Monday, December 09, 2019

How the Church warnings about welfare came to pass

I don't know why MSD continues to surprise me. But they do. TVNZ had a piece about how beneficiaries are being provided with My Food Bag deliveries so I did a search of their site to find out more. No joy but this turned up under how MSD helps people live successful lives. Such utter tosh that I hardly know where to begin.

Perhaps I'll begin by remembering the warnings about welfare I posted a couple of days back, that the Methodist church foresaw the moral and spiritual disintegration benefits had the potential to create.

Sorry I cannot paraphrase what I just consumed. You'll have to read the whole thing:

Lea is a Samoan woman in her late 50s who lives alone, has never married, and has no children. She has lived in New Zealand off and on for about 30 years.

She has been employed most of her life but she lost her cleaning job after a miscommunication with her employer, and is now out of work. She is having difficulties in finding employment and she believes her age is the barrier for her getting a job. She is on a benefit and lives in a Housing New Zealand flat.

She met a man who has ‘befriended’ her and moved into her flat. He refuses to pay rent, won’t contribute to paying the power bill, and he eats her food. Lea says he uses all his benefit for gambling, alcohol and cigarettes. He often comes home drunk late at night. Lea is torn because she is active in her church and culturally, she knows it’s the right thing to do to help people. She has asked him to leave and he refuses. Lea doesn’t know what to do and she is worried that if it weren’t for her, he would be living on the streets. But having him there means she is sliding into debt and she has approached Work and Income for help. She is afraid to tell them what is really happening – she assumes they won’t understand.

Being Samoan means that questioning authority is a challenge for Lea. She is vulnerable to being taken advantage of and as English is her second language, she does not feel confident enough to stick up for herself.

In her words
"I got someone to help me, my friend… he never helped me, he just move in my place to live… he was working but he never pay anything to me. I think he’s using people."

"I didn’t want that thing, they [a jewellery store] force me to, they put it in the box, 'this is for you, you can take it home now’ but I don’t want because I can't afford. I said to her no I can't afford and she put it in my bag, she forced me to take home…"

"I always put $20 out from my benefit to put in the church every Sunday… even if I got no money I still put $20."

"My rent is $160, my benefit is $210. I always go and find a job but I think the hard thing for me to find a job because my age."

Her strengths
Lea has a generous spirit and supports those around her
She is resilient in the face of difficult situations and circumstances
She is self-sufficient
She is motivated to find employment even when she experiences constant set-backs.
How can we support Lea to thrive
Find an empathetic supporter who can understand her circumstances, preferably one who can communicate with her in her native tongue, empower her to have better boundaries and help her navigate around the NZ system.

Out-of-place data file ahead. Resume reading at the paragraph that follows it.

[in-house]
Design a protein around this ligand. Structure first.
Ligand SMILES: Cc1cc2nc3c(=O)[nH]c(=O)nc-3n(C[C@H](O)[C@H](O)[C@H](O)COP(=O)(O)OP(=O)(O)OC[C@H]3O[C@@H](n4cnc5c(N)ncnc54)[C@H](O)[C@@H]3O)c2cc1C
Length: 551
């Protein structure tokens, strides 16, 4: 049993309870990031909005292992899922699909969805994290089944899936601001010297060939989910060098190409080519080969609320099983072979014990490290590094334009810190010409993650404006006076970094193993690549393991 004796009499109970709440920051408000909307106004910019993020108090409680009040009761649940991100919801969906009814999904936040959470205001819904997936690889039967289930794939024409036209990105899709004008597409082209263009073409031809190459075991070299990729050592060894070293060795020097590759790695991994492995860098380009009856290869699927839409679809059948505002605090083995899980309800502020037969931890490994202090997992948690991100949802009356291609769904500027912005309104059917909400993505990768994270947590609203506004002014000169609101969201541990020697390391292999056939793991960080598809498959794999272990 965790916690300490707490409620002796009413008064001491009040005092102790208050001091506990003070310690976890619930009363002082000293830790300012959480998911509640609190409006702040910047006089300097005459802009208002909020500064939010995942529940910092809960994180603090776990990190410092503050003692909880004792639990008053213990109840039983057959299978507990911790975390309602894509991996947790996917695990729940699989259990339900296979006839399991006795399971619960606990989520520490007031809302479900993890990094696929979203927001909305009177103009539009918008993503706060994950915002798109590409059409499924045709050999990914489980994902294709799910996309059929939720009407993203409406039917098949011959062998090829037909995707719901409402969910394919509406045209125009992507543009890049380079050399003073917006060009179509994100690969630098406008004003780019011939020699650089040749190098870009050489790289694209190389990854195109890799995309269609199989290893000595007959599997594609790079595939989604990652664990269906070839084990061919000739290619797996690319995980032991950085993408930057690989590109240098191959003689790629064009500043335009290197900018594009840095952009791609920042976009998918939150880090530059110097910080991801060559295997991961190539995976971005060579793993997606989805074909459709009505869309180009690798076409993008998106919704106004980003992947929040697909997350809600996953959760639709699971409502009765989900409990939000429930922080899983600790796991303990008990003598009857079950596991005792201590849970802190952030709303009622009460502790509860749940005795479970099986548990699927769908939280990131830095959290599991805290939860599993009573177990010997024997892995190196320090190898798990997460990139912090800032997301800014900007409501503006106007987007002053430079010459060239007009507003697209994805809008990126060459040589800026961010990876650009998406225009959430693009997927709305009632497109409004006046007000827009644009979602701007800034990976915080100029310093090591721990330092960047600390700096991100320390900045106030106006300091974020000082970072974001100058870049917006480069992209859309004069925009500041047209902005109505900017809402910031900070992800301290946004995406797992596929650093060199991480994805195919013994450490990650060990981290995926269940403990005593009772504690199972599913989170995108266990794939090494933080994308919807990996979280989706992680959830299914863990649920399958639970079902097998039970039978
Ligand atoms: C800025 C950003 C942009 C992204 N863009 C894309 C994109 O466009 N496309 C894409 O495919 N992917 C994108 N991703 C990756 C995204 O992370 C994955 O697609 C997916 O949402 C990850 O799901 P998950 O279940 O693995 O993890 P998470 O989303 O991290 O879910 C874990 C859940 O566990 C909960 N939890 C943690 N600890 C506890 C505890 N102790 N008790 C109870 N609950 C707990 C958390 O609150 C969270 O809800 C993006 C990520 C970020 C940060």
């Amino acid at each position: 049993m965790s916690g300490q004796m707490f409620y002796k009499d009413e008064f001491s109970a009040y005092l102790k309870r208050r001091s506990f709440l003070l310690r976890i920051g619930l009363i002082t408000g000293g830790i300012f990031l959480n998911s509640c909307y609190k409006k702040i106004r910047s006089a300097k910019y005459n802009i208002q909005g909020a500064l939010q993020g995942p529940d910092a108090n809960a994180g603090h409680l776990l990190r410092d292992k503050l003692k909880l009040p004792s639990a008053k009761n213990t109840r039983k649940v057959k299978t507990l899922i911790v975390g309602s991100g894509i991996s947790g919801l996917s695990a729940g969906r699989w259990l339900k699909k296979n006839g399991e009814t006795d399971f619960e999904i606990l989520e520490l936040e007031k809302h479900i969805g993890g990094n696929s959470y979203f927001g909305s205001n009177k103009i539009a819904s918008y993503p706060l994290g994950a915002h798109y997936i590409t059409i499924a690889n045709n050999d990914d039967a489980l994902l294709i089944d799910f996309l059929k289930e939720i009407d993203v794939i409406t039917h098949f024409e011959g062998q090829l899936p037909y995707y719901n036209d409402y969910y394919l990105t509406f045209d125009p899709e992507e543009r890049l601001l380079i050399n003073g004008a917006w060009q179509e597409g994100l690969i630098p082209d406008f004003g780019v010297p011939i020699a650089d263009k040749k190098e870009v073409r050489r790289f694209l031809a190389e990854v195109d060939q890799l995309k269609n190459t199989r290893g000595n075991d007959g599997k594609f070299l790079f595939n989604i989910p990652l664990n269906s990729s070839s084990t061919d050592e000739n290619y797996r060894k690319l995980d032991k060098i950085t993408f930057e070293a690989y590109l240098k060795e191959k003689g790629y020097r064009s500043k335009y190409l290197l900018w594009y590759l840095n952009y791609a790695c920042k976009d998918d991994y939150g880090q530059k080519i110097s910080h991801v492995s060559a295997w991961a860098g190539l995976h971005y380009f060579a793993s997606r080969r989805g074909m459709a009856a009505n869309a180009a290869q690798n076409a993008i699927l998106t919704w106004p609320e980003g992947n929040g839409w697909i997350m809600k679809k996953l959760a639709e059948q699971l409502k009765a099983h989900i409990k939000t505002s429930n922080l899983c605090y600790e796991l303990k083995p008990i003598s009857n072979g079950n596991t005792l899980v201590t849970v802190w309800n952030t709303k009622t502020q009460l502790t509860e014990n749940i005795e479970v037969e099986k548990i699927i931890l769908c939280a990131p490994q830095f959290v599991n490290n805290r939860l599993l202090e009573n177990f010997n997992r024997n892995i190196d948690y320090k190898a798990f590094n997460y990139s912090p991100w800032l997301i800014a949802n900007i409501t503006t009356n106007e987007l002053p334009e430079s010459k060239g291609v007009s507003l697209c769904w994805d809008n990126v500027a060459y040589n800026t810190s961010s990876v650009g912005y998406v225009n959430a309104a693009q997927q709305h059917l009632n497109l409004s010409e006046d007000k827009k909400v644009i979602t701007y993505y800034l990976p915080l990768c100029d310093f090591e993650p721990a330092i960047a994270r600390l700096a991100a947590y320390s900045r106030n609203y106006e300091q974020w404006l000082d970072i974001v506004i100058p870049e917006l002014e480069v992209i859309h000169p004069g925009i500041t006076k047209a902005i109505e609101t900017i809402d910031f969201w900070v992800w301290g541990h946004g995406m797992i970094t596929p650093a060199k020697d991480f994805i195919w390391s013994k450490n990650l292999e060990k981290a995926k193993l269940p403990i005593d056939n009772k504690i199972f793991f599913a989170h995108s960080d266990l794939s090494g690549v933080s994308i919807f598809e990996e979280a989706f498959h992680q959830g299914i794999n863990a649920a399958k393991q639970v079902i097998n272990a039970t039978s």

Introduce her to other forms of resources e.g. use of Pacific Island radio station to access information in a language that is easy for her to grasp.
Support her in learning a non-judgemental approach to saying 'no'.
Acknowledge her need for boundaries and her desire to help others.
Focus on ways of protecting her from harm.
Locate a supportive job broker.
Link her to other Pacific entities to provide her with additional support.
Provide Lea with a Building Financial Capability programme that is grounded in her cultural context, e.g. MoneyMates programme run by her church community, using familiar Samoan concepts.

That's it.

The first thing I notice is the man - the predator - is working and on a benefit. Apparently Lea must be helped to say 'no' in a 'non-judgemental' way. What about Work and Income saying 'no' to this guy? He's a fraudster and a sot. Not satisfied with leeching on the taxpayer he's leeching on this hapless woman. But then the benefit system makes women hapless because they become isolated and lacking in self-esteem. Targets for scumbags.

Lea is neither resilient nor self-sufficient. But the MSD looking-glass view of the world portrays her as exactly that. Her church happily takes $20 off her every week yet she still apparently needs to be linked 'to other Pacific entities' for support.

MSD says they can help her 'locate a supportive job broker'. Hello???? She's on a benefit. Why doesn't she already have one? Oh I remember Work and Income have drastically reduced efforts to get people into jobs putting all of their resources into dishing out more money.

And yes I've bought into it but the whole tone of the 'story': man bad - woman good. Man criminal - woman victim. MSD is mostly staffed by women and I suspect that particularly ideology prevails.

I find this cameo and MSD's response to it immature, indulgent and childish.

Generations down the track, welfare has made too many people weak, helpless, stupid, and deceitful. Somehow MSD turns that into a good news story because - wait for it - they can wave a wand over Lea's life and she will live happily ever after. It is inconceivable that they are in fact the problem.

Sorry Lea. You are your own worst enemy and to be told otherwise isn't going to help.